I was unfamiliar with PortAudio - it turns out it was installed on my system as a dependancy for another piece of software I installed. I read up on it a bit and it turns out it's similar to Jack - a low-latency sound server that works cross-platform on linux, Mac or Windows. I don't use it, I'm more familiar with Jack.

You should be able to do as I have done, and choose one of the other options in MuseScore to play back sound. If nothing besides PulseAudio is producing any sound, it is because the daemon/service is hoarding alsa to itself, so to speak, as it (quite rudely) is wont to do ... another reason I really don't like PulseAudio. It would be interesting to try stopping the service and restarting MuseScore to see if the other choices work then. Try this (assuming PulseAudio is running as a systemd service) :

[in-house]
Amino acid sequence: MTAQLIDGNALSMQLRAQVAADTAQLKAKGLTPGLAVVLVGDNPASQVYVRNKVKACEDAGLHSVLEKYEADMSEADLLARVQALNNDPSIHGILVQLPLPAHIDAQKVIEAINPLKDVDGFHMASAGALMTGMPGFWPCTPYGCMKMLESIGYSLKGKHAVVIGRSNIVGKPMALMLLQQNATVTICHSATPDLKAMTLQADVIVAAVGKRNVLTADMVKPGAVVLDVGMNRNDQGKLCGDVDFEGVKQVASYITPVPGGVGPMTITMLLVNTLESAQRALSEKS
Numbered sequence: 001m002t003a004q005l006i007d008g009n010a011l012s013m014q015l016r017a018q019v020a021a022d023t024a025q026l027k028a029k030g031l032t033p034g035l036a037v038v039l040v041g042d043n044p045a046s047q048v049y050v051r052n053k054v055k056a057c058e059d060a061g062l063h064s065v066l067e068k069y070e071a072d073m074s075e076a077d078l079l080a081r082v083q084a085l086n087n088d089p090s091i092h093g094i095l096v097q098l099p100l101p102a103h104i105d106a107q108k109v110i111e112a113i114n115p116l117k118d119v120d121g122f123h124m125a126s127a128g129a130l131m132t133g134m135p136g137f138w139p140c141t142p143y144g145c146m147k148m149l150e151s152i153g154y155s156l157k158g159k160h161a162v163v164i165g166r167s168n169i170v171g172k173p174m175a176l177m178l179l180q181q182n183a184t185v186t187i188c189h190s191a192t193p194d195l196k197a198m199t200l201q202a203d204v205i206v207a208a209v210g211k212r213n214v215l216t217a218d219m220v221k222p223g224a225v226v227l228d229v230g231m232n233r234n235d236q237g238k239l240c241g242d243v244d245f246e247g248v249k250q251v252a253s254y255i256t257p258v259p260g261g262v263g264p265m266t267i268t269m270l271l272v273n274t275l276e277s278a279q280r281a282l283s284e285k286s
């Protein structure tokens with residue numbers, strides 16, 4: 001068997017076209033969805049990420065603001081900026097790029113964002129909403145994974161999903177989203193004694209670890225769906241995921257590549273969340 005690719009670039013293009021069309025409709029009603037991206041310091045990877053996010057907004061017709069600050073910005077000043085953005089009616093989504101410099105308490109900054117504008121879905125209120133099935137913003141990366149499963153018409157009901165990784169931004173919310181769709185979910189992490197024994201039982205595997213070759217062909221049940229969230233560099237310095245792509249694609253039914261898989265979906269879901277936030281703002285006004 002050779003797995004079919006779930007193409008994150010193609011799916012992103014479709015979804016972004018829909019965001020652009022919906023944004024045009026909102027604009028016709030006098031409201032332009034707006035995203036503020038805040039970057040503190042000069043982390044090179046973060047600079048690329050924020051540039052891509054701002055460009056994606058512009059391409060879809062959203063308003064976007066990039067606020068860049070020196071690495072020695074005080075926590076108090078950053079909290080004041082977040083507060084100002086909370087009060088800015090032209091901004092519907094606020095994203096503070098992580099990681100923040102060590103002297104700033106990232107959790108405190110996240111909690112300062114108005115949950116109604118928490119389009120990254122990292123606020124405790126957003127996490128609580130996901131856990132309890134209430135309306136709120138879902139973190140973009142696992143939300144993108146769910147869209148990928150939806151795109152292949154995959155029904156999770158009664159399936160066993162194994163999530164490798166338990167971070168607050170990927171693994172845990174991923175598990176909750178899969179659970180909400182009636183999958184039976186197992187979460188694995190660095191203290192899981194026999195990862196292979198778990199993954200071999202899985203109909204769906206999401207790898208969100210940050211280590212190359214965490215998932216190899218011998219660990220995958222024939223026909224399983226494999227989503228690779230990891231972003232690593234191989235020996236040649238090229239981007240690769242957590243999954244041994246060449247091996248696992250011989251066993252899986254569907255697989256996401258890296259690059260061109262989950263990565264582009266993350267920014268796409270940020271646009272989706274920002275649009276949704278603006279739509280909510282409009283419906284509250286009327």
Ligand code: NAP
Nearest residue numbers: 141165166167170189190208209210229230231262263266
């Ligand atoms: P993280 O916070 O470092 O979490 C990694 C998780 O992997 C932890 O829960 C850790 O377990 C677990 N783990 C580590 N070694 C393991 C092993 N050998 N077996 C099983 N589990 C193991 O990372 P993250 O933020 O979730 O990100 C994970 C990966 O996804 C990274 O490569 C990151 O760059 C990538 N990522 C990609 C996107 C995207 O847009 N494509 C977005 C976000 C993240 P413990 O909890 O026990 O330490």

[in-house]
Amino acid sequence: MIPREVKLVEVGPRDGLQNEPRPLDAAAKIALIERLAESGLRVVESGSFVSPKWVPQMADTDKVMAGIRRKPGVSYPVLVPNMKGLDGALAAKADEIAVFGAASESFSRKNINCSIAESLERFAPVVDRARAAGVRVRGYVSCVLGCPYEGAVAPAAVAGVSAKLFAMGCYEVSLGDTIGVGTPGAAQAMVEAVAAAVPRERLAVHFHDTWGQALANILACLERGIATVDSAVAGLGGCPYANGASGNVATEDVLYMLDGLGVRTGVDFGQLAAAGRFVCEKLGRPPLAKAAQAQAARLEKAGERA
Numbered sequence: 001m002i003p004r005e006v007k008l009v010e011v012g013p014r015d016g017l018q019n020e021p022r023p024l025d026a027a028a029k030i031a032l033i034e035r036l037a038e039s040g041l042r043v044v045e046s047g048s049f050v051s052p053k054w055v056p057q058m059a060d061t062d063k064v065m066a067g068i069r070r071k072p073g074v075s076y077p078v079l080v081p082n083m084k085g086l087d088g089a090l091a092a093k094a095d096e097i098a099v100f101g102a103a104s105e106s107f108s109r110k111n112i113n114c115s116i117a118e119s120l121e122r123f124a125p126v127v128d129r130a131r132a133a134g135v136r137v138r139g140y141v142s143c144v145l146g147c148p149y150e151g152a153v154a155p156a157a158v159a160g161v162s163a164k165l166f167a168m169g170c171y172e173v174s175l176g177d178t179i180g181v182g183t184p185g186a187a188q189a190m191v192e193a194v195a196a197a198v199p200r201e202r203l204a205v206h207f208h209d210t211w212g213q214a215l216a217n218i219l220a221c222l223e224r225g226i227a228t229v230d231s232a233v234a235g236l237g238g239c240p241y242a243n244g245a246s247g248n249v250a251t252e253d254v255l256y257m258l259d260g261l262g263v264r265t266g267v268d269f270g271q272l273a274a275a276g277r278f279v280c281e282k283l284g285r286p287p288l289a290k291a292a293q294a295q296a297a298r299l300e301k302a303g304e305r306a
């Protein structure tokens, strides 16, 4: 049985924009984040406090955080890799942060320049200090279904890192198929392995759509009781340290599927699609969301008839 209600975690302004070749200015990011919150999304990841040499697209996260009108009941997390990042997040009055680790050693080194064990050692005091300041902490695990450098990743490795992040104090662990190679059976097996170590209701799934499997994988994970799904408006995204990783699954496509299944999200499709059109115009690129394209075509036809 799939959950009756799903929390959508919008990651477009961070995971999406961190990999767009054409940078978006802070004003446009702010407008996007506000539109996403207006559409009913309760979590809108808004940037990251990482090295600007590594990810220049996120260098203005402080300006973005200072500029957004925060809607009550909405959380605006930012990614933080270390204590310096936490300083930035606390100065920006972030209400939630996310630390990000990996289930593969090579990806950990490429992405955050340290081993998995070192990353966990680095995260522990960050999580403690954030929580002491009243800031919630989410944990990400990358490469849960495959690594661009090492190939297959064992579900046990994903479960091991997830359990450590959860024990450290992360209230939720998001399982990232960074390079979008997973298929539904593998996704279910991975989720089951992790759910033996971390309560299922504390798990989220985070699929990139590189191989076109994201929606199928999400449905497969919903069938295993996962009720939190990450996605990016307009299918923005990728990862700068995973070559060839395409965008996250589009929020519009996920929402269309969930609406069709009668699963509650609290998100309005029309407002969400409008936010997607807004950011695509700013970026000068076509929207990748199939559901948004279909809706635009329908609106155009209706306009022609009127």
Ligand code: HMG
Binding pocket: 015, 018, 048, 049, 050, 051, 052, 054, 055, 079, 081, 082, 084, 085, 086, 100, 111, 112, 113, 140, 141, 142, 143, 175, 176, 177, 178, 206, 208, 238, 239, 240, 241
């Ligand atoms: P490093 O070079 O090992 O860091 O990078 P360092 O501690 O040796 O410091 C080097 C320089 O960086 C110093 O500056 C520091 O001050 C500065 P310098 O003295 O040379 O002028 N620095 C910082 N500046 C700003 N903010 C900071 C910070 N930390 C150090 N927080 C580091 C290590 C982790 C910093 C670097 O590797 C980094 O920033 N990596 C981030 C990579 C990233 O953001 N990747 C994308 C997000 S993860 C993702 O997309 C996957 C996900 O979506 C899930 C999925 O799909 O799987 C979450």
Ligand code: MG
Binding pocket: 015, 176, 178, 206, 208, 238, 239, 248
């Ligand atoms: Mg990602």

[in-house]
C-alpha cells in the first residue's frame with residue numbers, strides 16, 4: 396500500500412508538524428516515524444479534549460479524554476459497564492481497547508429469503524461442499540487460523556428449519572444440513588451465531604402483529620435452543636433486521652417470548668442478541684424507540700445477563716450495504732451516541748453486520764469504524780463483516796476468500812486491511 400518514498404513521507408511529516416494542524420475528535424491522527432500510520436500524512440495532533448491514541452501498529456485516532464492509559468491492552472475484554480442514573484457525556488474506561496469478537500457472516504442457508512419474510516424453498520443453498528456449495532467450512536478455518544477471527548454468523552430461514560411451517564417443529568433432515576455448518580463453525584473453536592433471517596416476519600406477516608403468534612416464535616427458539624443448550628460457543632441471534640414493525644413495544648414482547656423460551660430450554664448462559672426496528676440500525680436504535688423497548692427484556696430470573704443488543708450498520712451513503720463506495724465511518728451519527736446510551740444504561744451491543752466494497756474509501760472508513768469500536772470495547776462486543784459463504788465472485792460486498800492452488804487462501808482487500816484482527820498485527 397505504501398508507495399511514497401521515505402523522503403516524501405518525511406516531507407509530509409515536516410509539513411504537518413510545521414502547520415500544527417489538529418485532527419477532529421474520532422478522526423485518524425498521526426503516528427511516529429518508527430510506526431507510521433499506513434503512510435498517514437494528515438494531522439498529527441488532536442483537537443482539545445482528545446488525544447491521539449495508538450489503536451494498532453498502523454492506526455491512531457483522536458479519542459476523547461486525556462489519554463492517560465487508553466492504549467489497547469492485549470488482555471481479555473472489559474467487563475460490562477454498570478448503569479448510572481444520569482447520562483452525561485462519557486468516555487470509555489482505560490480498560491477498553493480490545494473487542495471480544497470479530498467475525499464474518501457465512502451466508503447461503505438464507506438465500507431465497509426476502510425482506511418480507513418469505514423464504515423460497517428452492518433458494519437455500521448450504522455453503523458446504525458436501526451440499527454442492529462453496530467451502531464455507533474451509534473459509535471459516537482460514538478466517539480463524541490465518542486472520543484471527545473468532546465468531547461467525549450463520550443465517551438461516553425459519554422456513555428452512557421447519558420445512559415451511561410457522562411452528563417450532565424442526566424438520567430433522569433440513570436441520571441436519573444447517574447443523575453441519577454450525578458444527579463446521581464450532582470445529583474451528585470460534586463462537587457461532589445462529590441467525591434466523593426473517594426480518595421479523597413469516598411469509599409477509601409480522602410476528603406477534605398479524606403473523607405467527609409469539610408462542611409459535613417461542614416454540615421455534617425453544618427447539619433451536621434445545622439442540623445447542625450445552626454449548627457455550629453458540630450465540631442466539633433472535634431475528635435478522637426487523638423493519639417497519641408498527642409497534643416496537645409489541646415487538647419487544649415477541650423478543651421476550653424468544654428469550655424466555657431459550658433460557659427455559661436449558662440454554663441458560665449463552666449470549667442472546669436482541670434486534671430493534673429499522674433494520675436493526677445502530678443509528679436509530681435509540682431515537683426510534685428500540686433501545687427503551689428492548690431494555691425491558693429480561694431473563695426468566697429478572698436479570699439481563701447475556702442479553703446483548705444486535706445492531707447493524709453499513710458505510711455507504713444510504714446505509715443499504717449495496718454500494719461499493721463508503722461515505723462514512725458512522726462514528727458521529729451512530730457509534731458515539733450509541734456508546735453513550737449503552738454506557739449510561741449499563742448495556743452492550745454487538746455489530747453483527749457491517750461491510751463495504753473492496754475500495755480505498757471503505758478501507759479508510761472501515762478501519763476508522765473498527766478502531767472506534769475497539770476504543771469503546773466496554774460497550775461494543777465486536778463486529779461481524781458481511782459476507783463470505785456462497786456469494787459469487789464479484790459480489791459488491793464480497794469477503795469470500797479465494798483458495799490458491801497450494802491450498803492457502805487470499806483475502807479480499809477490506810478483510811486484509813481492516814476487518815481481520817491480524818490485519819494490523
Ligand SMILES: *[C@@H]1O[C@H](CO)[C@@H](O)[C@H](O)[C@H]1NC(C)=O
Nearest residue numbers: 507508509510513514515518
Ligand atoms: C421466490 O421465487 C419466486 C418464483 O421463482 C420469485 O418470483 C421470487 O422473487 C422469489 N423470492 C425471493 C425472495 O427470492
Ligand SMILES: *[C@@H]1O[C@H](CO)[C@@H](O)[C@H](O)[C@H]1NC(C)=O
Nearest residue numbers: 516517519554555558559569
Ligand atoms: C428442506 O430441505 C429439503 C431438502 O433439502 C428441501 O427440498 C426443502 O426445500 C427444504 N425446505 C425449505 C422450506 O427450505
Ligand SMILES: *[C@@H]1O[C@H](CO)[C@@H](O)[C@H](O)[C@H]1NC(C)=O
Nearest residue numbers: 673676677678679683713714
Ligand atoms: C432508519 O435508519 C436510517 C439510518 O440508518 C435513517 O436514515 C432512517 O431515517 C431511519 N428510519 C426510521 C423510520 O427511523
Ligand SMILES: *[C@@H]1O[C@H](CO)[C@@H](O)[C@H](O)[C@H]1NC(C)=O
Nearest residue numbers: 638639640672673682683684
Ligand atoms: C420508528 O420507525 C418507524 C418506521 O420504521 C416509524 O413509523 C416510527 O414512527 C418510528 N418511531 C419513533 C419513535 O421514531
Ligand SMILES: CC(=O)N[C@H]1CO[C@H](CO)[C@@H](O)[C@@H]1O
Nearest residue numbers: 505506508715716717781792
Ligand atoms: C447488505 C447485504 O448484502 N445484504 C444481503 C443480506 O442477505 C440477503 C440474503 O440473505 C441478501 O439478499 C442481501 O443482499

Code:

systemctl --user stop pulseaudio.socket
systemctl --user stop pulseaudio.service

.. and then start up MuseScore again and try the other I/O options ...

Let us know how it goes !

Cheers.

*** EDIT *** Don't bother trying Jack as an option unless you've installed and confifgured it. Try PortAudio (MuseScore installs this as a dependancy) or just plain alsa.

Phil_J 04-29-2020 03:38 AM

Hi Rickkkk
Thanks for your reply. I tried stopping the PulseAudio service using the two lines you gave me and when I started MuseScore no sound playback was possible. I tried selecting PortAudio and the app immediately crashed and closed. It has been doing that with PortAudio since I updated the app. Prior to the update I was using PortAudio successfully with MuseScore 2. Neither ALSA or JACK restore playback. The playback controls were permanently greyed out. Restarting the system has restored PulseAudio. How easy is JACK to configure, and what do I need to do to install it?